In 2007, a potent procoagulant mineral called WoundStat (WS), consisting of smectite granules, received clearance from the Food and Drug Administration for marketing in the United States for temporary treatment of external hemorrhage. Previously, we found that microscopic WS particles remained in the injured vessels that were treated, despite seemingly adequate wound debridement. Thus, we investigated the thromboembolic risk of using WS when compared with kaolin-coated gauze, Combat Gauze (CG); or regular gauze, Kerlix (KX) to treat an external wound with vascular injuries in pigs.
The right common carotid artery and external jugular vein of pigs were isolated and sharply transected (50%). After 30 seconds of free bleeding, the neck wounds were packed with WS, CG, or KX and compressed until hemostasis was achieved (n = 8 per group). Wounds were debrided after 2 hours, and vascular injuries were primarily repaired with suture. Blood flow was restored after infusing 1 L of crystalloid (no heparin or aspirin) and the wounds were closed. Two hours later, computed tomographic angiography was performed, and the wounds were reopened to harvest the vessels. The brains and lungs were recovered for gross and microscopic examination after euthanasia.
No differences were found in baseline measurements. Thrombelastography showed similar hypercoagulability of the final blood samples when compared with baselines in all groups. All vessels treated with KX or CG were patent and had no thrombus or blood clot in their lumen. In contrast, seven of eight carotid arteries and six of eight jugular veins treated with WS developed large occlusive red thrombi and had no flow. Small clots and WS residues were also found in the lungs of two pigs. Histologically, significant endothelial and transmural damage was seen in WS-treated vessels with luminal thrombi and embedded WS residues.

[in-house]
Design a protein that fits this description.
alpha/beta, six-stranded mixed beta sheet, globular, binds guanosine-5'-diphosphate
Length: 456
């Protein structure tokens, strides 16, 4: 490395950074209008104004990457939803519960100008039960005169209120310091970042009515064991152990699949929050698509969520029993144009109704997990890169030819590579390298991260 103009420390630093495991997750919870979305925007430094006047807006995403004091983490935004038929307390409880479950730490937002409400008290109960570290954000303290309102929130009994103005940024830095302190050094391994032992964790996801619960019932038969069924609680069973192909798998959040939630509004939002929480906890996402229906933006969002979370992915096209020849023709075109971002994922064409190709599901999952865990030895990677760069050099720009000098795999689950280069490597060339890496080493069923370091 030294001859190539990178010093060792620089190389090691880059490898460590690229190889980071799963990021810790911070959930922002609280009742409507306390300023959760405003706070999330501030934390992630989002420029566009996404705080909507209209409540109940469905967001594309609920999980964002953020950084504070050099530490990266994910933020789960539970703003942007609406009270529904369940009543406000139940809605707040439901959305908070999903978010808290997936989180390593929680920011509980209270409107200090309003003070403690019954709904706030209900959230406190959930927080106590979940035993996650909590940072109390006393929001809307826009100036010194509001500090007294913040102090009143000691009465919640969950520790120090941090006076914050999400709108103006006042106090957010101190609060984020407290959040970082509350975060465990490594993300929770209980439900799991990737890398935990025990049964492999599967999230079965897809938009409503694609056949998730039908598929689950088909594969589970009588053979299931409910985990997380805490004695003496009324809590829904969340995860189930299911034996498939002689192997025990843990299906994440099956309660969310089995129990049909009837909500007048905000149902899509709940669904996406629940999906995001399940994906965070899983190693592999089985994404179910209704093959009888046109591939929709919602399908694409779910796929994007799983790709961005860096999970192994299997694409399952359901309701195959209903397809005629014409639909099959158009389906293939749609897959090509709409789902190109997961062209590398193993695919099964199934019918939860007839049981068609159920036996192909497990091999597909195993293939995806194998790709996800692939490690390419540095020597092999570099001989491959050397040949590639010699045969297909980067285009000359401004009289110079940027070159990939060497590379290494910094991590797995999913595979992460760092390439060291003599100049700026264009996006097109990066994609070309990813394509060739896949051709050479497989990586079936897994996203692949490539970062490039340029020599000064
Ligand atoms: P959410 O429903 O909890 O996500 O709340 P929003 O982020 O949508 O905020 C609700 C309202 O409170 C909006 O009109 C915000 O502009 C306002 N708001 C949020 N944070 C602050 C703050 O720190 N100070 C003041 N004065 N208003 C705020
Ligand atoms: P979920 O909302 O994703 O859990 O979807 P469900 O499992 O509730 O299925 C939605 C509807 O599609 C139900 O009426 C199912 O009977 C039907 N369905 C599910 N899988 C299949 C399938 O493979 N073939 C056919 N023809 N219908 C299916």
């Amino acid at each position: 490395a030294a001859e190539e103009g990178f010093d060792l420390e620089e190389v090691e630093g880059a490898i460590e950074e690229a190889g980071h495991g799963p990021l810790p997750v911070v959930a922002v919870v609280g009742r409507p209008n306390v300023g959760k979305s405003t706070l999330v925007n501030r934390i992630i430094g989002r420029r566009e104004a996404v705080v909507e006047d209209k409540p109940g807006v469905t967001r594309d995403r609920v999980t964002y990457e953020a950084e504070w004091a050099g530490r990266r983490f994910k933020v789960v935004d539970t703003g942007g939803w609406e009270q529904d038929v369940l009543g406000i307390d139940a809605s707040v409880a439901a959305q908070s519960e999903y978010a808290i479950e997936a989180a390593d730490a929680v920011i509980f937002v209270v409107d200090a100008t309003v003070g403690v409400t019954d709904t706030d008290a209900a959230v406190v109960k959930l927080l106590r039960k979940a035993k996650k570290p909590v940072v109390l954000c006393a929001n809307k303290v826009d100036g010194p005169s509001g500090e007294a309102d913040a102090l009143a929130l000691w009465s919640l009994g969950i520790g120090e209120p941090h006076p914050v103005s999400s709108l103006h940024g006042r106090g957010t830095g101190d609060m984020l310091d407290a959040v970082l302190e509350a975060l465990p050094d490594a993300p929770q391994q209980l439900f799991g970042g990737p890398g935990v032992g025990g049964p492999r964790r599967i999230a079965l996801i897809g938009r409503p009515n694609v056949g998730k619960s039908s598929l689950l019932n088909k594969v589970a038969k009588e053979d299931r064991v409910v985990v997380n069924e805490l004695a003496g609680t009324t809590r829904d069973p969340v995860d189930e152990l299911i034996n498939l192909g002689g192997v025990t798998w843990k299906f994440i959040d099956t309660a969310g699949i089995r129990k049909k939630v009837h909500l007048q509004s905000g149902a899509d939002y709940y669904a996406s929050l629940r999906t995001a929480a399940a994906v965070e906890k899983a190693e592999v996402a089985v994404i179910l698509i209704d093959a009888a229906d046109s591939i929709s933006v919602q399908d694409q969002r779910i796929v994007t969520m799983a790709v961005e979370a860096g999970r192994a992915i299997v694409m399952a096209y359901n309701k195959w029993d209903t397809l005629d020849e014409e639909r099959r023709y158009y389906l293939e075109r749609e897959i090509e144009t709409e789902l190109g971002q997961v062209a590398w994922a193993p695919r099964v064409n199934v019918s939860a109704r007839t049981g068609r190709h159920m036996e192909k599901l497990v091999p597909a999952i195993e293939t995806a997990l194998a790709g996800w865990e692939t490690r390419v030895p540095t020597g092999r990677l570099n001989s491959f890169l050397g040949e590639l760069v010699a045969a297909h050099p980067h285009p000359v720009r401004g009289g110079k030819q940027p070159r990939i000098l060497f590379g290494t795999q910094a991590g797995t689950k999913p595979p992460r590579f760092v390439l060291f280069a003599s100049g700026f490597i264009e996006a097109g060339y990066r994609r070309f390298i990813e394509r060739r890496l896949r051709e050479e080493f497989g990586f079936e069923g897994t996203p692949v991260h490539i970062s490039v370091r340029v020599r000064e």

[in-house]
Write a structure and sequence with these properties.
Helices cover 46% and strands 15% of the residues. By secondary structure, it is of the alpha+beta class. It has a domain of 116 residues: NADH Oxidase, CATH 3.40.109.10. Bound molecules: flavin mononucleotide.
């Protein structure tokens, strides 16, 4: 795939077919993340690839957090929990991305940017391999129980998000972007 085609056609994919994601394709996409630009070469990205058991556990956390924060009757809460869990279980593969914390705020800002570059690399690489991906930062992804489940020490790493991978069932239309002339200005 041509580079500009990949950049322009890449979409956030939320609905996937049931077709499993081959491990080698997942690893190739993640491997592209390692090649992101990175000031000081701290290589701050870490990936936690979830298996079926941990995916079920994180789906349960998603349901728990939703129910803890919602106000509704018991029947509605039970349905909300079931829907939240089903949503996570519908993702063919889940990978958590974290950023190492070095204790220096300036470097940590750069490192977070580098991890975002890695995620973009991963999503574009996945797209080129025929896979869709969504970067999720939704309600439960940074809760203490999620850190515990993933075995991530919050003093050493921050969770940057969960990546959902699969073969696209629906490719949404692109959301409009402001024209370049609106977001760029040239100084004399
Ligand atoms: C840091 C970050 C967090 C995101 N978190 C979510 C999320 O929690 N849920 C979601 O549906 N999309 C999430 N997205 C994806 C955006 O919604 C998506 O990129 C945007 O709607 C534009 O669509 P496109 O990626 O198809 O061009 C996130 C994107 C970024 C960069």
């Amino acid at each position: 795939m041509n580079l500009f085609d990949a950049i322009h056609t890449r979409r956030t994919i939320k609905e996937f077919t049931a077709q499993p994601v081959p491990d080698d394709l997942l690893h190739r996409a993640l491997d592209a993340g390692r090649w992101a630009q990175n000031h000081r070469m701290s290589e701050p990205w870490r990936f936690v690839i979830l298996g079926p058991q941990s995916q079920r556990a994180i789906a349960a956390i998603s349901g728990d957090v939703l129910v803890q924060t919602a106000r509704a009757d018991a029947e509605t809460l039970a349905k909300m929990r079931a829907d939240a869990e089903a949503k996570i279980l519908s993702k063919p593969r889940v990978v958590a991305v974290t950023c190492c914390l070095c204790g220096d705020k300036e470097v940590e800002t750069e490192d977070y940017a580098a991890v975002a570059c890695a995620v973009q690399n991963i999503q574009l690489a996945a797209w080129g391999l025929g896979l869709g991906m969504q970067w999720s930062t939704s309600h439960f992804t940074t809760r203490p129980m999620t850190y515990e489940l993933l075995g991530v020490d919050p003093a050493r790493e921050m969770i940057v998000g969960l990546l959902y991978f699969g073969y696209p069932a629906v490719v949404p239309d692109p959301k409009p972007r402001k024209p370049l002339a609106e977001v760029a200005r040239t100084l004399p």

WS granules caused endothelial injury and significant transmural damage to the vessels that render them nonviable for primary surgical repair. The granules can enter systemic circulation and cause distal thrombosis in vital organs. More relevant in vitro and in vivo safety tests should be required for clearance of new hemostatic agents.
From the US Army Institute of Surgical Research, Ft. Sam Houston, Texas.
Submitted for publication August 26, 2009.
Accepted for publication November 5, 2009.
Supported by the US Army Medical Research and Materiel Command.
The opinions or assertions expressed herein are the private views of the authors and are not to be construed as official or as reflecting the views of the US Department of the Army or the US Department of Defense.
Address for reprints: Bijan S. Kheirabadi, PhD, 3400 Rawley E. Chambers Avenue, Building No. 3611, Fort Sam Houston, TX 78234-6315; email: firstname.lastname@example.org.